I know that Mayor Kilpatrick's attorneys have to pursue a vigorous defense for their client. However, I was surprised to read in the Detroit Free Press recently that they would challenge the authenticity of the infamous text messages. Specifically, the paper reports that defense lawyers will challenge the Prosecutor to prove whose fingers where on keys when those racy messages were sent.
If there was only one or two messages in question then this might actually be a smart strategy. If nothing else, they could bring in that episode of Veronica Mars where Kristen Bell's character swipes a cell phone in order to prove that a text message could be faked. (Really, any excuse to see Kristen Bell works for me. But I digress.)
However, in the current situation, I have to believe that challenging the authenticity of those messages is quite possibly the stupidest defense that Mayor Kilpatrick's legal team could possibly mount.
I say this because neither Mayor Kilpatrick nor his former chief of staff Christine Beatty ever reported their cell phones stolen. While it is possible for someone to swipe a cell phone, use it to send a bogus message and then return it without being noticed, this becomes progressively less and less likely as the number of messages increases. Every time that someone would have tried to do this would present a new opportunity for them to be caught and eventually their luck would run out. With the sheer number of text messages in question, it seems unlikely that anyone would be able to take the Mayor's phone unnoticed that often.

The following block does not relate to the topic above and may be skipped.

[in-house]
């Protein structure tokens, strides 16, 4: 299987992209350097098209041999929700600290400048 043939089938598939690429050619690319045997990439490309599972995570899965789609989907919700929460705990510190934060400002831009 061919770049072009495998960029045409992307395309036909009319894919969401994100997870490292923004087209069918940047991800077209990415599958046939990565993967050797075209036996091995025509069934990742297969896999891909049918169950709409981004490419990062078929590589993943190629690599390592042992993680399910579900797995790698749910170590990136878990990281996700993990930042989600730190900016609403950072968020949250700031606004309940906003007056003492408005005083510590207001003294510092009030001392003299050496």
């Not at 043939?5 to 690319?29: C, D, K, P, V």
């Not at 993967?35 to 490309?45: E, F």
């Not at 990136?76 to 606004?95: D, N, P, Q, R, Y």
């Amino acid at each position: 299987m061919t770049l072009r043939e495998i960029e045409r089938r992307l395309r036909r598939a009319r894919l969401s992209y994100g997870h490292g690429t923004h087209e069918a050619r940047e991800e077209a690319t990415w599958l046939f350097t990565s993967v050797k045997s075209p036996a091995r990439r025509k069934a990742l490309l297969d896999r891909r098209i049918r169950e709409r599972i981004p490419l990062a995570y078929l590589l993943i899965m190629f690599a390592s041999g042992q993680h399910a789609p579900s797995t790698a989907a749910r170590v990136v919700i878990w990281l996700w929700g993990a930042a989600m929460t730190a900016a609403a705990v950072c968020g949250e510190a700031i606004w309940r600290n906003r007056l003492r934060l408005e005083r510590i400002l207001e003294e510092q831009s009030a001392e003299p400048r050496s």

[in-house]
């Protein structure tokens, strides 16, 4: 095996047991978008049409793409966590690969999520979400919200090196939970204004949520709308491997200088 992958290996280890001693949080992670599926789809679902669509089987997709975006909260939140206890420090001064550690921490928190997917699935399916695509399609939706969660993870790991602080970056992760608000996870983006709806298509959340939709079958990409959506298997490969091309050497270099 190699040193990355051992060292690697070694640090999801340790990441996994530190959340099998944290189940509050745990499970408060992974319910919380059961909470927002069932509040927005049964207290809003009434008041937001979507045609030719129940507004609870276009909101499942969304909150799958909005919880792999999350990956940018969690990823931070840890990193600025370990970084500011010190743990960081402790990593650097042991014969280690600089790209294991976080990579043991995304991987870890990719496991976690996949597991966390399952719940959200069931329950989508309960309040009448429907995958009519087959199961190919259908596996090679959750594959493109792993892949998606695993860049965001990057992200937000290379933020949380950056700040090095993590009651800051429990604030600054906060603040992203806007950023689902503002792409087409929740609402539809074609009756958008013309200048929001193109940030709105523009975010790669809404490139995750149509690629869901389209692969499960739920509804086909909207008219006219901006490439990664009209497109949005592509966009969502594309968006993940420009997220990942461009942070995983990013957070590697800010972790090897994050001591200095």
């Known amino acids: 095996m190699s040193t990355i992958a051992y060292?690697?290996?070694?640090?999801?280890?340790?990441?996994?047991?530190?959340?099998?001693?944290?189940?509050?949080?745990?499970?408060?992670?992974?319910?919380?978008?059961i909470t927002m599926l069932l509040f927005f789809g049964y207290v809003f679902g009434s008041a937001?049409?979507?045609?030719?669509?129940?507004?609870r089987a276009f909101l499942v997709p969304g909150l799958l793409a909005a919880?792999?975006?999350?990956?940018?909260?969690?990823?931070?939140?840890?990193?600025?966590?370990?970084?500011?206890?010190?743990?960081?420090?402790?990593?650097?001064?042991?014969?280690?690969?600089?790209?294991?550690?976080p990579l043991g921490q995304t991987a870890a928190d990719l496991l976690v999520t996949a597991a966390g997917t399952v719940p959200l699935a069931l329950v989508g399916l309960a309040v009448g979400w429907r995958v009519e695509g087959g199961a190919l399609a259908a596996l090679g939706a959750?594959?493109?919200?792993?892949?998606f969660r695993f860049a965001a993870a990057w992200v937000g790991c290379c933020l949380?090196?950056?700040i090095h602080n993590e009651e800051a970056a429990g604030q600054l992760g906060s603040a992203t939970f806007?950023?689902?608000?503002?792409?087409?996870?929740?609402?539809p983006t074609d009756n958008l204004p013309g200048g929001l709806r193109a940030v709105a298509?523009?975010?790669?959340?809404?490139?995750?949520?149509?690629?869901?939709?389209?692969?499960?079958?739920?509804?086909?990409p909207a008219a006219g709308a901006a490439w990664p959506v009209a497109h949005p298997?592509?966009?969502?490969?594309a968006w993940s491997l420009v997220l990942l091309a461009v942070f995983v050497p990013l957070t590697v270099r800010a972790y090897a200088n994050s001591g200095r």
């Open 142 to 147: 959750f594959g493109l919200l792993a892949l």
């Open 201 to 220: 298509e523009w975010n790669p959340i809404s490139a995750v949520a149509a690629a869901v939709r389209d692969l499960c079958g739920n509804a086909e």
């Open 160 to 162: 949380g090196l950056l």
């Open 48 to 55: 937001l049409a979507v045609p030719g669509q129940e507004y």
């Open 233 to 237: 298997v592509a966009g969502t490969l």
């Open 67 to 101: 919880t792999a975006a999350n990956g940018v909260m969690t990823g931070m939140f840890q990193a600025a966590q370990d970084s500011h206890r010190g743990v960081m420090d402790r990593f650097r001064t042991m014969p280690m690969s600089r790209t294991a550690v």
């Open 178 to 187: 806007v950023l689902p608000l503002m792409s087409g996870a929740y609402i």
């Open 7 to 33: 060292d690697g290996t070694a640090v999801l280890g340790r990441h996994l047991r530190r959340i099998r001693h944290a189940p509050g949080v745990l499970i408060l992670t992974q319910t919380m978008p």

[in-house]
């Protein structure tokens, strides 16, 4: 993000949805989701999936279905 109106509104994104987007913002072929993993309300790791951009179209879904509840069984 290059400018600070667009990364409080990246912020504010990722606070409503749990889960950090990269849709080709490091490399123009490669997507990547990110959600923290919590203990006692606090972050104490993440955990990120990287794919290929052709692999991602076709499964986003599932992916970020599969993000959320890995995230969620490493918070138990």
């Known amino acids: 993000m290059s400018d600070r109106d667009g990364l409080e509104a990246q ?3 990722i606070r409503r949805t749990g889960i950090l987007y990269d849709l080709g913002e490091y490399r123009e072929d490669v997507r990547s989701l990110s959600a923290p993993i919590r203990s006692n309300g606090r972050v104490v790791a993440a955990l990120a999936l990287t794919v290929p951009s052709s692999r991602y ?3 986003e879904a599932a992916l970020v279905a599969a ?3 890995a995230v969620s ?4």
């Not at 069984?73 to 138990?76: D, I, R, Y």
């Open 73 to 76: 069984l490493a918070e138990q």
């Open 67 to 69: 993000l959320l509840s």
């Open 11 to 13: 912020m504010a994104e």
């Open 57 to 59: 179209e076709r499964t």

There is also the issue of a response to a message sent. If I send a text message to one of my friends saying, "Hey, how about the bank we robbed last Tuesday," then I would almost certainly get a response back that says something to the effect of, "What are you talking about?" This, however, did not happen in the Mayor's case.
The fact that they had complete conversations would indicate that those message were sent by individuals with an intimate knowledge of all that happened, such as Mayor Kilpatrick and Ms. Beatty. In order for someone to fake both the original message and the reply, they would have to have both phones.
It's doubtful that anyone other than Mayor Kilpatrick and Ms. Beatty could obtain access to just one of those phones in and of itself often enough to send all of those messages. The idea of someone getting both phones simultaneously is doubly difficult to believe.
There is also the fact that, according to their initial report, the Detroit Free Press cross-referenced various events mentioned in those text messages with Mayor Kilpatrick's public schedule. They fact that they match up would mean that whoever sent those messages was intimately and personally familiar with the Mayor's schedule.
It was doubly difficult to believe that anyone but Mayor Kilpatrick and Ms. Beatty could have sent those message even without confirmation from his schedule. Adding that into the mix simply takes this argument into the realm of science-fiction.
Last, but not least, there is also the fact that if Mayor Kilpatrick and Ms. Beatty hadn't lied under oath about their relationship then I have to ask: what was it that Mayor Kilpatrick apologized for on television last month?
When one adds all of this up, the only conclusion that I can come to is that questioning the authenticity of those text messages is - in my opinion - a really, really foolish thing to do. It simply makes the Mayor seem desperate and his legal team inadequate.
Although, as a side note, I do have to recognize my counterpart at Detroit's leading gossip blog, D-Tales. She predicted back in January when this story first broke that this would be a part of the Mayor's defense strategy. I guess that woman does know a few things.